The Fish Whisperer

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Kite boarding is big in this town. Langebaan has a massive, tranquil lagoon and the wind never stops blowing. Walking out of your door on any day of the year is getting your hair styled at 45 degrees. It could easily be argued that it is the kite boarding capital of the world.

Fishing however runs deeper, partly because of the Afrikaans culture. Afrikaners, where do I start? 300 odd years ago, a people formed, a hard core amalgamation of Germans, French, Dutch, Flemish and a few other bellicose European nations. They are big, they are proud, they are fiercely independent and they love Brandy mixed with coke. They are also very, very good at hunting anything that moves, including fish.

It is difficult to catch fish from the shore of the Lagoon, but if you can get a seat on any one of the three hundred or so recreational fishing boats that call Langebaan home, the fishing is fantastic. Getting a seat is tricky though. Most boats can only take four fishermen, the boat owner, his fishing partner or skipper, and two guests. For every two guest spaces available there are dozens of non boat owners wanting to fill them. It does not help being a skinny, pale, spindle legged English speaker.

Fortunately, I had moved to Langebaan for love and the object of my love was most definitely Afrikaans, and very well connected. Ultimately it was her ex-boyfriend (life has such bittersweet ironies) who offered me a trip in a show of characteristic largesse. This man, who I shall call the ‘fish whisperer’, was not only one of the strongest person I have ever stood next to (he is reputed to have beaten the world champion arm-wrestler) but he also has an almost supernatural ability to catch fish. I was told I had gotten the nod and it was a simply a case of waiting for the invitation to manifest. When it did come, no matter what the circumstances, I had to immediately accept, or I would never fish in this town again.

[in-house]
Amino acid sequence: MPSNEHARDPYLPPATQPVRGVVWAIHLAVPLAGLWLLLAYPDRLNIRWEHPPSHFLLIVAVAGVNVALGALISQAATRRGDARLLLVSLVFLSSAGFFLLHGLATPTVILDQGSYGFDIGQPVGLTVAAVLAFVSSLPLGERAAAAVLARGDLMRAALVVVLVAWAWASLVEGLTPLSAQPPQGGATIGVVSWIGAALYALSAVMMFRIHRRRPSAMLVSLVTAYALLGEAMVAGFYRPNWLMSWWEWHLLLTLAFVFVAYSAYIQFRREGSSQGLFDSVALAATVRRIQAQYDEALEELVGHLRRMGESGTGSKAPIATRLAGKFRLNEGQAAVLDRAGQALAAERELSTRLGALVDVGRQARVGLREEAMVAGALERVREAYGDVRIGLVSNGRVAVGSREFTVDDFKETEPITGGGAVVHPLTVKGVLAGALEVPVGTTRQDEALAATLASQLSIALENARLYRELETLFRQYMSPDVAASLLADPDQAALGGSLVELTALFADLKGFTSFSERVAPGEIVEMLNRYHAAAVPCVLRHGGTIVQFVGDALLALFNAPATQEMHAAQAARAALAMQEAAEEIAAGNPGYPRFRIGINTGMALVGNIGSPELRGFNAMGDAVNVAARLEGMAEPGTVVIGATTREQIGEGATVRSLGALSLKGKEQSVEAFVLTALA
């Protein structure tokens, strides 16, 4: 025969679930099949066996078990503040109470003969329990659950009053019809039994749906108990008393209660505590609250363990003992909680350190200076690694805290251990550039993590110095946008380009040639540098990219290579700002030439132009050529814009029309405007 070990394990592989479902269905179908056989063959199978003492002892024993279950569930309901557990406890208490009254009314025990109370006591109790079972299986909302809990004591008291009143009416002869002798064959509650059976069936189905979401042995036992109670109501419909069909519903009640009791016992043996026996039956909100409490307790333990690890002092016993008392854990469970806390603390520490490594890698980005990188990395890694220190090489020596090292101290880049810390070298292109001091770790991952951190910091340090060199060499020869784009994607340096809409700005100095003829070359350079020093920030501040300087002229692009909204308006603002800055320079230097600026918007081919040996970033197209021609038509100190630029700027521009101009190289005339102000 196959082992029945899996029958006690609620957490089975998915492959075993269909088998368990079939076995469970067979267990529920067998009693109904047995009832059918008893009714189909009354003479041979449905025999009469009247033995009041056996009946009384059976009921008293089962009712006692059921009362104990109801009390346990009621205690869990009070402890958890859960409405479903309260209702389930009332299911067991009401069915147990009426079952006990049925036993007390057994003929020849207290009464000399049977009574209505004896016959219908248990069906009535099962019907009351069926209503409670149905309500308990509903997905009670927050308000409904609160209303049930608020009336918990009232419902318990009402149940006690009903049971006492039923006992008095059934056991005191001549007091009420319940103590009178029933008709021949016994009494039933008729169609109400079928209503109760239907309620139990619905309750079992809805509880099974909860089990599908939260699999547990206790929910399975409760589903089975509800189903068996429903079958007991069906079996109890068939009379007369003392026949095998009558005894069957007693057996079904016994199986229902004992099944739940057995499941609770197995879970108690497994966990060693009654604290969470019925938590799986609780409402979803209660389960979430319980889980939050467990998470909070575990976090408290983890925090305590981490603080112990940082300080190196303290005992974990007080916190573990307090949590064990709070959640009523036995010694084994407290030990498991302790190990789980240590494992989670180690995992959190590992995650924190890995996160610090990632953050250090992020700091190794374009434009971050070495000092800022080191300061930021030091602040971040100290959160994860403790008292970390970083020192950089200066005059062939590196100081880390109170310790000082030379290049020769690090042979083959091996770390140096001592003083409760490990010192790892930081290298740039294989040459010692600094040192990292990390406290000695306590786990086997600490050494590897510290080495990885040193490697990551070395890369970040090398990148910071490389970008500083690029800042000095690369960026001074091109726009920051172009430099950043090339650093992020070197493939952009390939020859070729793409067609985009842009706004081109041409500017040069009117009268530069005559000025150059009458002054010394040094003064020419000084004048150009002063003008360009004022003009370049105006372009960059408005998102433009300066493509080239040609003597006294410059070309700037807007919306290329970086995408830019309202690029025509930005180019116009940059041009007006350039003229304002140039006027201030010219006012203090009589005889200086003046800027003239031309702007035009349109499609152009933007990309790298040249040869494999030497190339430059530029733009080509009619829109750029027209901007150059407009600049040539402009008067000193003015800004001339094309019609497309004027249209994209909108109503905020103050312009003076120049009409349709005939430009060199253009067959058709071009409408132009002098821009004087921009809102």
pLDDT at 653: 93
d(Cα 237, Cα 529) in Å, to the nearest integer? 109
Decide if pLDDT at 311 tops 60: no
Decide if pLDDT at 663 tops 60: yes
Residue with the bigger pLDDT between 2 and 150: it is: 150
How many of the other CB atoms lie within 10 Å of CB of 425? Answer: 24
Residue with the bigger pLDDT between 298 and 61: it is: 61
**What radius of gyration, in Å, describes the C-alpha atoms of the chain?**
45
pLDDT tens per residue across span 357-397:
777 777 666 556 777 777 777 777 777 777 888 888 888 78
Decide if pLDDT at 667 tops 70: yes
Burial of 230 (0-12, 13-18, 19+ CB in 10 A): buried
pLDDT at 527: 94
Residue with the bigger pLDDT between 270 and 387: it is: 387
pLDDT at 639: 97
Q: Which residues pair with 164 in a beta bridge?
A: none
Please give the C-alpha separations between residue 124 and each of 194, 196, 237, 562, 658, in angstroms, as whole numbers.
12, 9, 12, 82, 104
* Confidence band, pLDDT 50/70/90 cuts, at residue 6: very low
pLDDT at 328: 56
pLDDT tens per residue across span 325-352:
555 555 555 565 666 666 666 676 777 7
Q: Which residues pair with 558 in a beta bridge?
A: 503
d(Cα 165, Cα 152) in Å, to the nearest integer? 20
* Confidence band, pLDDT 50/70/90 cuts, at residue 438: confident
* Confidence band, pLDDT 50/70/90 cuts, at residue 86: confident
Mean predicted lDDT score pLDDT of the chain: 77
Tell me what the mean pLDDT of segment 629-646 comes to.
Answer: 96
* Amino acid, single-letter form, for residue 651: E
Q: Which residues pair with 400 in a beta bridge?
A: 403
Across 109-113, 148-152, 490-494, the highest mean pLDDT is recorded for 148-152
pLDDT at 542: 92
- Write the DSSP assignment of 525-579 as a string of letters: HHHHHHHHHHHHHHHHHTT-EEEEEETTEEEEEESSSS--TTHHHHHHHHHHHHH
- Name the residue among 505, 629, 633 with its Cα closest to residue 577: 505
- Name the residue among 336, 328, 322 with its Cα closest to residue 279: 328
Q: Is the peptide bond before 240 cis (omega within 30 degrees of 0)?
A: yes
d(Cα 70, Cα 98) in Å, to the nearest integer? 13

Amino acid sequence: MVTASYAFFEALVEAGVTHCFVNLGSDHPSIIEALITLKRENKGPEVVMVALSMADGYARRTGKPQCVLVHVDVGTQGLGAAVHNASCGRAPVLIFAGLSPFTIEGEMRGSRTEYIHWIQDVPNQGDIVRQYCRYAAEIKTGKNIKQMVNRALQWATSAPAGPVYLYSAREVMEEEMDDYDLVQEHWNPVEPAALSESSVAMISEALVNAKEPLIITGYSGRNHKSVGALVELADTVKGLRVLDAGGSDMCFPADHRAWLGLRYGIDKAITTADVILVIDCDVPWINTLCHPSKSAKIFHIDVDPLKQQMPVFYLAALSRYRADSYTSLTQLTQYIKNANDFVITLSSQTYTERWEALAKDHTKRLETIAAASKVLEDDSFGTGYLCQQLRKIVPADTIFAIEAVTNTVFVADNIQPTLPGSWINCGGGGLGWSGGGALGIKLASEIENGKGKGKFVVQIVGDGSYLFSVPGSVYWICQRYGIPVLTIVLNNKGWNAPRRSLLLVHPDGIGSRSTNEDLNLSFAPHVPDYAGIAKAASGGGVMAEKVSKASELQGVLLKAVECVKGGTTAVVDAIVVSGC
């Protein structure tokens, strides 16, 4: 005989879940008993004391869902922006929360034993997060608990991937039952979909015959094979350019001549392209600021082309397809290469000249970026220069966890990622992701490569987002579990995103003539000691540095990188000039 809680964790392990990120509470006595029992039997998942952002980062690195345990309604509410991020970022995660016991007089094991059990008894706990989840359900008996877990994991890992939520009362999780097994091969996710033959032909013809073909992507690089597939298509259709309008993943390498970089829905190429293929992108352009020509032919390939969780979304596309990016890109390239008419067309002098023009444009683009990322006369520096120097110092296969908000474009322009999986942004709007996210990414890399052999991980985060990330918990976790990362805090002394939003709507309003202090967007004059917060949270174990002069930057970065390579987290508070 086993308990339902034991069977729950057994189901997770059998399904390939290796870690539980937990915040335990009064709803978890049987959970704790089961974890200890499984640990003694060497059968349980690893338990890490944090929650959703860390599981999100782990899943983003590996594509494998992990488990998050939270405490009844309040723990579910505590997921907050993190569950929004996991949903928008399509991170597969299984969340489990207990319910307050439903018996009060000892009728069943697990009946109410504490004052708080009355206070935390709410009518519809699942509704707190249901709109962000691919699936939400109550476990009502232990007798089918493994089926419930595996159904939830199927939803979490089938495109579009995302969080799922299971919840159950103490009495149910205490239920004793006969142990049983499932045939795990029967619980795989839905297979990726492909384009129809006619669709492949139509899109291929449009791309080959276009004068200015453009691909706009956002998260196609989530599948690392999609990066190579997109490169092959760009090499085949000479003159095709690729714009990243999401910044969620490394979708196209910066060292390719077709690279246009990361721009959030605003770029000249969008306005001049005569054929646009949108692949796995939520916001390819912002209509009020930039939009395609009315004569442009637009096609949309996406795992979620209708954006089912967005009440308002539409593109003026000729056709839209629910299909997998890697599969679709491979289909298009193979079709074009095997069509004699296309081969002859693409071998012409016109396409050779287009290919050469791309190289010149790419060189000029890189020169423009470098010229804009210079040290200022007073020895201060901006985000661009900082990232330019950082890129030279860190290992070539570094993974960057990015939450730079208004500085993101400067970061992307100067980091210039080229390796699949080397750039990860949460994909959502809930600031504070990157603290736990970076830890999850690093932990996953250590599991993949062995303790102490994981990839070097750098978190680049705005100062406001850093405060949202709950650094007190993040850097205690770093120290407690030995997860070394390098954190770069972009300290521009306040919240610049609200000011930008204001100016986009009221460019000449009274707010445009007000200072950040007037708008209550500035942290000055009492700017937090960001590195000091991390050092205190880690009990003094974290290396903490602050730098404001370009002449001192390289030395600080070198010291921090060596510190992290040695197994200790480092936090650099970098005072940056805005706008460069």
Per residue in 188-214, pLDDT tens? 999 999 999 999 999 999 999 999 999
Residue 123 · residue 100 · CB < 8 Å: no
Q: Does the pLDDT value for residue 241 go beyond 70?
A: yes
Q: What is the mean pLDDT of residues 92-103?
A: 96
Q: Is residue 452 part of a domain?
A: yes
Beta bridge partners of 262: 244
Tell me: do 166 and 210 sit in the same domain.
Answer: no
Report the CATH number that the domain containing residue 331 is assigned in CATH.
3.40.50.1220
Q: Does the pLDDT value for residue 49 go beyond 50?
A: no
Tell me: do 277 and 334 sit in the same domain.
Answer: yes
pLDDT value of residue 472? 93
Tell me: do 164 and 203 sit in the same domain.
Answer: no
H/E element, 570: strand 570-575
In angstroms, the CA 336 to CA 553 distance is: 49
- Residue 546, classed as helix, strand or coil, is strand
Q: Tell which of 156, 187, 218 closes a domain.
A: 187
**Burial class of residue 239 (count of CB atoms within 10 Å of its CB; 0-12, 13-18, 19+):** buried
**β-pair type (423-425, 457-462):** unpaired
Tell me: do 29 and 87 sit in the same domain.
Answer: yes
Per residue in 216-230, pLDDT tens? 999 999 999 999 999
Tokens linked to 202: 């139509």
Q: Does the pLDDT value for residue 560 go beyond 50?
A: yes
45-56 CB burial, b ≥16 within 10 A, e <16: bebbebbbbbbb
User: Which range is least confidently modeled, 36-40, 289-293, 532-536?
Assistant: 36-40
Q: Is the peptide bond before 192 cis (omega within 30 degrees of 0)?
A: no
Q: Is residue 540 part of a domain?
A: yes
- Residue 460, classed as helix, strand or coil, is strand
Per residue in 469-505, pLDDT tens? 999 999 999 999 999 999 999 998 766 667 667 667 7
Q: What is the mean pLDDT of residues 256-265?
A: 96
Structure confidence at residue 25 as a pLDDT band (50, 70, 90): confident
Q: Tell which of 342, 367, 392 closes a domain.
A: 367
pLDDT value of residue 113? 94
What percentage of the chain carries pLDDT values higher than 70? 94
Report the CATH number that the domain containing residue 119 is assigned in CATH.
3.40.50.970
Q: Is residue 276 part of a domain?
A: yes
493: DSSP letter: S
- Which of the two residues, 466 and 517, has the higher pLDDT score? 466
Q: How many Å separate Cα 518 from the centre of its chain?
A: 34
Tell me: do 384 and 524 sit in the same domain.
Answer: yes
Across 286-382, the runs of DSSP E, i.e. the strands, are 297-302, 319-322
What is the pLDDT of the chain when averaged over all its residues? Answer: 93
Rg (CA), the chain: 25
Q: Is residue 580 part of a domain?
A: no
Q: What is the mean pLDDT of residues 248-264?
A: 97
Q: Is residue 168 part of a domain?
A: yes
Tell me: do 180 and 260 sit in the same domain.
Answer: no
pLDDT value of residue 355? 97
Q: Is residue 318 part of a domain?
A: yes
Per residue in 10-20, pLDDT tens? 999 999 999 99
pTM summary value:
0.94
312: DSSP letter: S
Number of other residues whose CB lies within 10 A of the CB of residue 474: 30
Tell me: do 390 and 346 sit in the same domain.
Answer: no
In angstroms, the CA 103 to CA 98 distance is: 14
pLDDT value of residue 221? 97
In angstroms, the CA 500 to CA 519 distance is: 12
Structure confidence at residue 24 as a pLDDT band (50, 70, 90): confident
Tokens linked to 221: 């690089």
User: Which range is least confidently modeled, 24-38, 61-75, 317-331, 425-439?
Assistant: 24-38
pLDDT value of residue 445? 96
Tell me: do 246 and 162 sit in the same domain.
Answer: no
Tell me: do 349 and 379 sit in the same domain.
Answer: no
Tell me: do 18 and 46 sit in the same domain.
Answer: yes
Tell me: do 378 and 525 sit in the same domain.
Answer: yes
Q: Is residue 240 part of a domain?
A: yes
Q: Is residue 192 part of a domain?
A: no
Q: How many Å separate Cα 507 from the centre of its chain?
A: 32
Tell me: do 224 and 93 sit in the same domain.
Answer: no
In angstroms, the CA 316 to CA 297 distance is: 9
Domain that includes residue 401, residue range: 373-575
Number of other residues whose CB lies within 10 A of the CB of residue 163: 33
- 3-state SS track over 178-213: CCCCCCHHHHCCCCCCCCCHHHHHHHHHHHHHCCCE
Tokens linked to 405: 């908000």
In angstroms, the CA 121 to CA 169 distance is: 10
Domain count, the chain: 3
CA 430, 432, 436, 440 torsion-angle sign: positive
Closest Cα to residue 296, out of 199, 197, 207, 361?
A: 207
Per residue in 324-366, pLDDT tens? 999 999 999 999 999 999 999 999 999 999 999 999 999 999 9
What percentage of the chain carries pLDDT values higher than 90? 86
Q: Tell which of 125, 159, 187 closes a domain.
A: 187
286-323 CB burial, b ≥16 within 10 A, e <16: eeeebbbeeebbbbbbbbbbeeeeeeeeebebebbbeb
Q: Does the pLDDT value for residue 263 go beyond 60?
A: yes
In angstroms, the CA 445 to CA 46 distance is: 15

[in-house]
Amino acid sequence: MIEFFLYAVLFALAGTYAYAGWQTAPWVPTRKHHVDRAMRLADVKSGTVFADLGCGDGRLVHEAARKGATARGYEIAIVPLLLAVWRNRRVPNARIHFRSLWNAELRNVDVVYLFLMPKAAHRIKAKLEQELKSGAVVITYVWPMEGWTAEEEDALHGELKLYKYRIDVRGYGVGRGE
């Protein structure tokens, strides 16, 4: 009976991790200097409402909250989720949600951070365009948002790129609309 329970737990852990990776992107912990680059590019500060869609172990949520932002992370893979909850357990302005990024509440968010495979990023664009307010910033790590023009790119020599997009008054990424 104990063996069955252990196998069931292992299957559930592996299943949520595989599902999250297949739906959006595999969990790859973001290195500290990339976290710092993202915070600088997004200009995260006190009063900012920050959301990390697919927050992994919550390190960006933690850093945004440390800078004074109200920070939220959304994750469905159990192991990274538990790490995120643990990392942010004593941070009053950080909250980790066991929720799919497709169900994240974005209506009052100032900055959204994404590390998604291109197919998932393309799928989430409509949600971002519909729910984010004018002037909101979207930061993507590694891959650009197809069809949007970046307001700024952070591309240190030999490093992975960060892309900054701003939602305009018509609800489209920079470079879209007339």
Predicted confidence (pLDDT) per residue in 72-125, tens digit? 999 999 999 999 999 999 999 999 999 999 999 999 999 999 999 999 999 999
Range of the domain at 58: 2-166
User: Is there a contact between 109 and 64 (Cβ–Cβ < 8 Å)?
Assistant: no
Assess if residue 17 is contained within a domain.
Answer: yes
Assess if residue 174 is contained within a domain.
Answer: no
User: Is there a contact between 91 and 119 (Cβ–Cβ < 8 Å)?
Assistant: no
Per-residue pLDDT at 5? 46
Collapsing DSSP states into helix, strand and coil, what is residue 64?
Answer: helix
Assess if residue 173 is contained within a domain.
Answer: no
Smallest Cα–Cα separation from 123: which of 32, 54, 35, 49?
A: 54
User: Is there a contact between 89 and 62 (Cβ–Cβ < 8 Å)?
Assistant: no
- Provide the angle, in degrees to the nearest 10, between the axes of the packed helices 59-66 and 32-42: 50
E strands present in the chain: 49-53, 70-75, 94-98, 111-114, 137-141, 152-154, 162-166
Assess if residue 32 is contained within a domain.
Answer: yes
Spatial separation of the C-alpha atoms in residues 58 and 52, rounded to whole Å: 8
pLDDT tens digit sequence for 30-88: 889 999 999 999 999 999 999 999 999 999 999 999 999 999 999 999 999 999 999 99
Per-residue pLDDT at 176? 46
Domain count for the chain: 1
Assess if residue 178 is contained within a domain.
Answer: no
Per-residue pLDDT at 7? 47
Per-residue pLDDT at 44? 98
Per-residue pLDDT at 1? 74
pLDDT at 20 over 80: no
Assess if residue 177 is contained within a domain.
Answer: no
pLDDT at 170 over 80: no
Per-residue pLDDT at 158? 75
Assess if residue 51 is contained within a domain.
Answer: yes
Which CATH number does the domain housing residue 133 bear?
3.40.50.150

The invitation came on New Year’s Eve at around 9 pm. The Fish Whisperer walked up and delivered his invitation through the lens of at least one liter of brandy and two liters of coke:

  • ‘Kom Engelsman, nou sal ons visvang!’ (Come English man, now we will catch fish!)
  • ‘What now?’ I was alarmed. This was obviously a test. I was pretty drunk myself.
  • No, we leave at 2 am, tomorrow morning.

What a terrifying thought. I don’t do well on hangovers and have a delicate constitution but I could not turn him down. I stopped drinking immediately and started drinking water until I almost drowned. Then at a minute after midnight, I found a spare room in the party mansion and tried desperately to get some sleep. My future skipper carried on drinking, picking up his pace, trying to get people to arm wrestle him. Apparently he was not going to sleep at all. Afrikaners, as I have mentioned, are a tough bunch.

At 2 am exactly, he stormed into my room and ripped of my blankets. I think I might have slept for about 40 minutes with all the techno music that vibrated through the house. I was feeling rough but determined.

  • ‘Kom rooinek, kom pappie!’ (I am not sure what that meant but rooinek or red neck refers to English people getting burned above their T-shirt neckline. It was light bullyish banter.

By 2.30 am we were on the road and by 3 am we had fetched the boat, armed ourselves with sandwiches and a cornucopia of booze and were slipping into the water. It was pitch black and with the hum of the engine and the stench of petrol, we headed out. For the 100th time in my life I wandered if I would get sea sick. Fisherman have the utmost disgust for people who suffer from this condition. Cold, tired, nauseous and nervous we rode into the blackness.